Party Like It's 1912
Music in the Canyon
Noon to 4 p.m., Sunday, March 4
Near the Sabino Canyon Visitors' Center
5700 N. Sabino Canyon Road
The walls of Sabino Canyon will ring with the sounds of Western, mariachi and bluegrass music this weekend at the 17th annual Music in the Canyon concert.
The focus of this year's concert is Arizona's centennial, said Dave Bushell, president of the Friends of Sabino Canyon.
To convey a sense of Arizona's heritage and its 100 years of statehood, the musical lineup includes an old-fashioned Western band (the Lazy S Gang), Native American dancers (the Redhouse Dancers), mariachi (from Tucson High School) and bluegrass (Cadillac Mountain). The concept is to provide music that Arizonans of 100 years ago would have listened to, Bushell said.
The concert will be held at the old Lowell Ranger Station, about a half-mile up the main road from the visitors' center. Bushell said the station has a "ranch" feel, with a barn and corrals. The station usually maintains a low profile, because most canyon visitors are focused on the hiking, he said.
Attendees are encouraged to wear Western wear and other outfits that would have been popular in the early 1900s.
"I'm going to put on my cowboy hat and boots," Bushell promised.
In addition to enjoying the music, concertgoers can buy food catered by El Saguarito and eegee's, Bushell said.
If you plan to attend, you might want to get there early to nab a parking space. Past Music in the Canyon events have drawn from 1,500 to 3,000 people, Bushell said.
The event is free, excluding regular canyon visitor fees, but there is a suggested donation of $5 per person, or $10 per family. —R.K.
High Fashion for a Cause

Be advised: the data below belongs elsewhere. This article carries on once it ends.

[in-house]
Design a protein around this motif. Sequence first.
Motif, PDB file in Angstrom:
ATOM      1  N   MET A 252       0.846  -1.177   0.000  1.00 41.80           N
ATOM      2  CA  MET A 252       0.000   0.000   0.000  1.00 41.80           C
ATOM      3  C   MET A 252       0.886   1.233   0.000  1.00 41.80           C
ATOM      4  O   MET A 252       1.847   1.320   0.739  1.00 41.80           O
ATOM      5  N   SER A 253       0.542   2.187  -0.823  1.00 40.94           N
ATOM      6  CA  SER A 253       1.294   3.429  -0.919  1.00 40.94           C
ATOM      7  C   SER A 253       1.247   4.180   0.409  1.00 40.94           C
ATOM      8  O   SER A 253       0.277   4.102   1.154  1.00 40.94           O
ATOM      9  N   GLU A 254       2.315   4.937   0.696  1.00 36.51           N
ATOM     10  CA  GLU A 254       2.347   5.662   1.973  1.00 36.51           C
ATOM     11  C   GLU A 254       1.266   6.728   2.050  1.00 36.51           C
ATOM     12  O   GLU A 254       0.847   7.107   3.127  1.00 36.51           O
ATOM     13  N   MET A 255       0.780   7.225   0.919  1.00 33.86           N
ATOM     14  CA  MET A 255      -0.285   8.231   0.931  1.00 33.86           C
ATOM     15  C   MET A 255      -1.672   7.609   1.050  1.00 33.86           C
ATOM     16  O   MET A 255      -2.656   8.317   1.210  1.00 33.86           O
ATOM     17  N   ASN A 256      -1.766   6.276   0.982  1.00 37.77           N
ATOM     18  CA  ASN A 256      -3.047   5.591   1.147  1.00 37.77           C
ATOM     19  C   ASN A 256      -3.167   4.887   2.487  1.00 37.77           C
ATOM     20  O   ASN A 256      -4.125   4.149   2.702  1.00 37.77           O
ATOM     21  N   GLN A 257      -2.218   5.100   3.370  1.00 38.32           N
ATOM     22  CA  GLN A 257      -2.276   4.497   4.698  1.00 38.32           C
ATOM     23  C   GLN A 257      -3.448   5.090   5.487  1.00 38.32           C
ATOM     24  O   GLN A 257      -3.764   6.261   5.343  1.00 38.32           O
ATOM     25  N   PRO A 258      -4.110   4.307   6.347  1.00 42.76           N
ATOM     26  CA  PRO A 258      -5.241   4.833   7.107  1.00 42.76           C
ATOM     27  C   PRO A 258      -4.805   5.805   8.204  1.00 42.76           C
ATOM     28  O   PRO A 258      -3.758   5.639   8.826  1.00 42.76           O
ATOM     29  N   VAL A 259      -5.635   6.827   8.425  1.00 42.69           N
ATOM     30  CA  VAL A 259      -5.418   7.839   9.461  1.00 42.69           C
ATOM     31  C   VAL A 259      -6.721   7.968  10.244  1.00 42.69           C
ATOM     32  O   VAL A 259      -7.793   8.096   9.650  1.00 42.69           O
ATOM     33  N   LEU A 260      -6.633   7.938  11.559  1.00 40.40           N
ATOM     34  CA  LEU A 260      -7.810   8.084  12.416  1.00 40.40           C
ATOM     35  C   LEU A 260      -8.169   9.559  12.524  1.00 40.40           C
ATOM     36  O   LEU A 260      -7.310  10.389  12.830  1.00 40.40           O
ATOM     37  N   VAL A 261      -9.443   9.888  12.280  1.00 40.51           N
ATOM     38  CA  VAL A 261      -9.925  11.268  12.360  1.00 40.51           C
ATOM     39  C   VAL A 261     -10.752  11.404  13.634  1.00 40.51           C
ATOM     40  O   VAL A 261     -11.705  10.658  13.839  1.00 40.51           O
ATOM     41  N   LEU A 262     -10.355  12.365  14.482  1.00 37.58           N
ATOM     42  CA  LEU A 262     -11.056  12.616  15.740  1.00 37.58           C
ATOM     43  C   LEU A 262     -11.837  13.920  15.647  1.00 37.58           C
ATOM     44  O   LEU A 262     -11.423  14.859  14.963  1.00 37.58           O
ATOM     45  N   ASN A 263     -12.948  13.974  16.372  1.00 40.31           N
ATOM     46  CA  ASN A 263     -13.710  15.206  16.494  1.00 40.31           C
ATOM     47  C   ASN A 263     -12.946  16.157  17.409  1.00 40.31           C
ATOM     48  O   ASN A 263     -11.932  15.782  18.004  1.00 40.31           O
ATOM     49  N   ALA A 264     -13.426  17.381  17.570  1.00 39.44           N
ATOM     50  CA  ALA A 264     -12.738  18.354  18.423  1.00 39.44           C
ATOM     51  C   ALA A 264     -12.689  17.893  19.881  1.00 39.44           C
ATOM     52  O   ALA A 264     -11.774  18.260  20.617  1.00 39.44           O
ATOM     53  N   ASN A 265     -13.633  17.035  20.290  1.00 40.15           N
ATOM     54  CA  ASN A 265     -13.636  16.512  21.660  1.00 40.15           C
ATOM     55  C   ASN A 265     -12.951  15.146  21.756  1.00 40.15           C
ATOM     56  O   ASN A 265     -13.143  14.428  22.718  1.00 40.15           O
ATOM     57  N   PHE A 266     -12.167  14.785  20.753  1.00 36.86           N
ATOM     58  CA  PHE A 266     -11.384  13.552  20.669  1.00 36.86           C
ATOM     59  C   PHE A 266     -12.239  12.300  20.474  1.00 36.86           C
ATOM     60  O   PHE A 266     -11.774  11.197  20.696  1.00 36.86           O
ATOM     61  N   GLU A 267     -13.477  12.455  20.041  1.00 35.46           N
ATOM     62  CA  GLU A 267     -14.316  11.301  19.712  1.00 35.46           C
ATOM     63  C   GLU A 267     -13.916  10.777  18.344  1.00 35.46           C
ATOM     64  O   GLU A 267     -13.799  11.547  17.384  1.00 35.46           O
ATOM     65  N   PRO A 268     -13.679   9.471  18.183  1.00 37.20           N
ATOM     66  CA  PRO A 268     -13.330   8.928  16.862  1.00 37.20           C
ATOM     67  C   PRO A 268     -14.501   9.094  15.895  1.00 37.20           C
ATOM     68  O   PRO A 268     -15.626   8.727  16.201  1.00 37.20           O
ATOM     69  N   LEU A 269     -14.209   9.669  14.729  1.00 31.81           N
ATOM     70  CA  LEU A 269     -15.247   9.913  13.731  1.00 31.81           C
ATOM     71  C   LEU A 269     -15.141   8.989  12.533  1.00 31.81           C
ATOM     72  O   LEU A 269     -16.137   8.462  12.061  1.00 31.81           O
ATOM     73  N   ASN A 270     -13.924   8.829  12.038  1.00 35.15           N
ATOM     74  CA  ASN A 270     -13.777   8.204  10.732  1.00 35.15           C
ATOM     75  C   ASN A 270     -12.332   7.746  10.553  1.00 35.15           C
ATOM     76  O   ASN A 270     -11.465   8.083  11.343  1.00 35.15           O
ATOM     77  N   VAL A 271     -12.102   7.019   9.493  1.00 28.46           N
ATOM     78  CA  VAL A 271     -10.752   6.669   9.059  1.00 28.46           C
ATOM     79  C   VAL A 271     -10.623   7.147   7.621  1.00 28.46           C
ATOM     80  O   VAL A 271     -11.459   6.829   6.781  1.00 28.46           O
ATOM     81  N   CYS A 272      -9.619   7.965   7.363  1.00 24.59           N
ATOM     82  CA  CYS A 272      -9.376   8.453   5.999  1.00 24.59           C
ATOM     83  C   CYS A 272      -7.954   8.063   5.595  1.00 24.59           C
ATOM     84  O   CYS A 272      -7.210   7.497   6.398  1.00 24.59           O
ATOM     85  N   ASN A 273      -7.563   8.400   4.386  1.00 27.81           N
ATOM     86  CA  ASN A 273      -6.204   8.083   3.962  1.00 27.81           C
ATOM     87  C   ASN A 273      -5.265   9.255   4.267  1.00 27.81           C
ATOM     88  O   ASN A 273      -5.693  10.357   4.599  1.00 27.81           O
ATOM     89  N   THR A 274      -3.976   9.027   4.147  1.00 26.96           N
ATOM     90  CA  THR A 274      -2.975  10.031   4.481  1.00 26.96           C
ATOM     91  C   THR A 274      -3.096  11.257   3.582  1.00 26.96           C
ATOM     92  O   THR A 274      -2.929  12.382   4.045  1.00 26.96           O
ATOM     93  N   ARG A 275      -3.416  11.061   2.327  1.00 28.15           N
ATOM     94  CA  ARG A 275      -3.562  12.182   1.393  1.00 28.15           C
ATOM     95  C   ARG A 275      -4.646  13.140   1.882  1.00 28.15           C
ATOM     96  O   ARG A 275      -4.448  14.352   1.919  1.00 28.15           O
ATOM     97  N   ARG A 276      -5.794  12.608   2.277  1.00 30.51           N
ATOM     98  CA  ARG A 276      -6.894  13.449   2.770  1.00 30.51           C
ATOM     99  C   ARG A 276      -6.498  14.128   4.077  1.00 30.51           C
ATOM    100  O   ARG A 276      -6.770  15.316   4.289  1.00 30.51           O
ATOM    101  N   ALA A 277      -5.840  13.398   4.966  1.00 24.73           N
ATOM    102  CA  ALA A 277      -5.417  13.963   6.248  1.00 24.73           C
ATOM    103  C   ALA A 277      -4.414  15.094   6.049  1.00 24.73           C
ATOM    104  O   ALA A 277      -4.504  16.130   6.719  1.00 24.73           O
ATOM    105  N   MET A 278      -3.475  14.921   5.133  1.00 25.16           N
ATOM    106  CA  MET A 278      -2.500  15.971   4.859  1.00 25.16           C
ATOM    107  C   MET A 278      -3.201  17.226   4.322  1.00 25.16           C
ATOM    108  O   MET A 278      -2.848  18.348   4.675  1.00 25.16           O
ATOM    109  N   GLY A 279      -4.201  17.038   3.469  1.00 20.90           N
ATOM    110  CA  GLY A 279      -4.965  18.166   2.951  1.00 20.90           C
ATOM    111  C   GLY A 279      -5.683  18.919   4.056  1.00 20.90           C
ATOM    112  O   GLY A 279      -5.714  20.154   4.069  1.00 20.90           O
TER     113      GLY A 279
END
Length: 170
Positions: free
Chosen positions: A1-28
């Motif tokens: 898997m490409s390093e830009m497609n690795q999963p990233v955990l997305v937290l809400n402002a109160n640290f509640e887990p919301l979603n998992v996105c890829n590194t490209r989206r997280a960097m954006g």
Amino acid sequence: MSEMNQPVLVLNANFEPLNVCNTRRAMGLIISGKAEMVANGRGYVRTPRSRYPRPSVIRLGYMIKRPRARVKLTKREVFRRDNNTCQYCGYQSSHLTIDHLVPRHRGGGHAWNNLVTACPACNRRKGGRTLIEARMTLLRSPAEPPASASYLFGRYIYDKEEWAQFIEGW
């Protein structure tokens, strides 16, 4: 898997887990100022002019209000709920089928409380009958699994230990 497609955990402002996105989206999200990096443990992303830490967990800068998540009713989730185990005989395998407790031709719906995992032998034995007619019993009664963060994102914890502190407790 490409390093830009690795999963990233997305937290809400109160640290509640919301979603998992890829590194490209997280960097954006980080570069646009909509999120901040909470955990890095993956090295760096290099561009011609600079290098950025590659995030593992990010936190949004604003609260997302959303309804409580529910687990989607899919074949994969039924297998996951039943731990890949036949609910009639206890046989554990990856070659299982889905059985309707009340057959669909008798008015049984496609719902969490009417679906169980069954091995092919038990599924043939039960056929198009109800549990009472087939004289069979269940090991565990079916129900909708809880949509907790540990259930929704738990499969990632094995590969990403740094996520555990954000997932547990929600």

Main event at 6 p.m., Sunday, March 4
Tucson Convention Center
260 S. Church Ave.
Möda Provocateur, a charitable event benefiting the Southern Arizona AIDS Foundation (SAAF)—and known as Tucson's answer to the high-fashion shows of New York and Los Angeles—will be held at the Tucson Convention Center's Grand Ballroom for the first time in its nine-year history.
Möda was created by Avalon Studio's Kevin Casey, who began organizing it after a similar event organized by a for-profit organization resulted in a donation of $3,000 to SAAF. A native Tucsonan, Casey believed he had better connections to local salons and boutiques, and would be able put on an event that would increase the proceeds for SAAF.
So far, it appears that he's right. Möda, a 100 percent nonprofit event made possible by volunteers and in-kind donations, has raised more than $333,000 for SAAF through previous shows.
Casey said previous Möda events have involved up to 200 models, 100 hairdressers, 20 makeup artists, 30 dancers and scores of technicians and engineers—all volunteers.
"There are probably as many volunteers as audience members," Casey said, exaggerating only slightly. He expects about 700 people to attend this year's event
"This year, we've auditioned nearly 90 (models) who wanted to donate their time," he said.
Those selected end up spending between six and 20 hours rehearsing in the days before the show, not to mention rehearsals on the day of the show.
The theme of this year's event is "Stand by Me," which pays tribute to caregivers who spend their time helping people who have HIV/AIDS. Texas vocalist Rachel Avonne will perform at the pre-show dinner, from 4:30 to 5:30 p.m.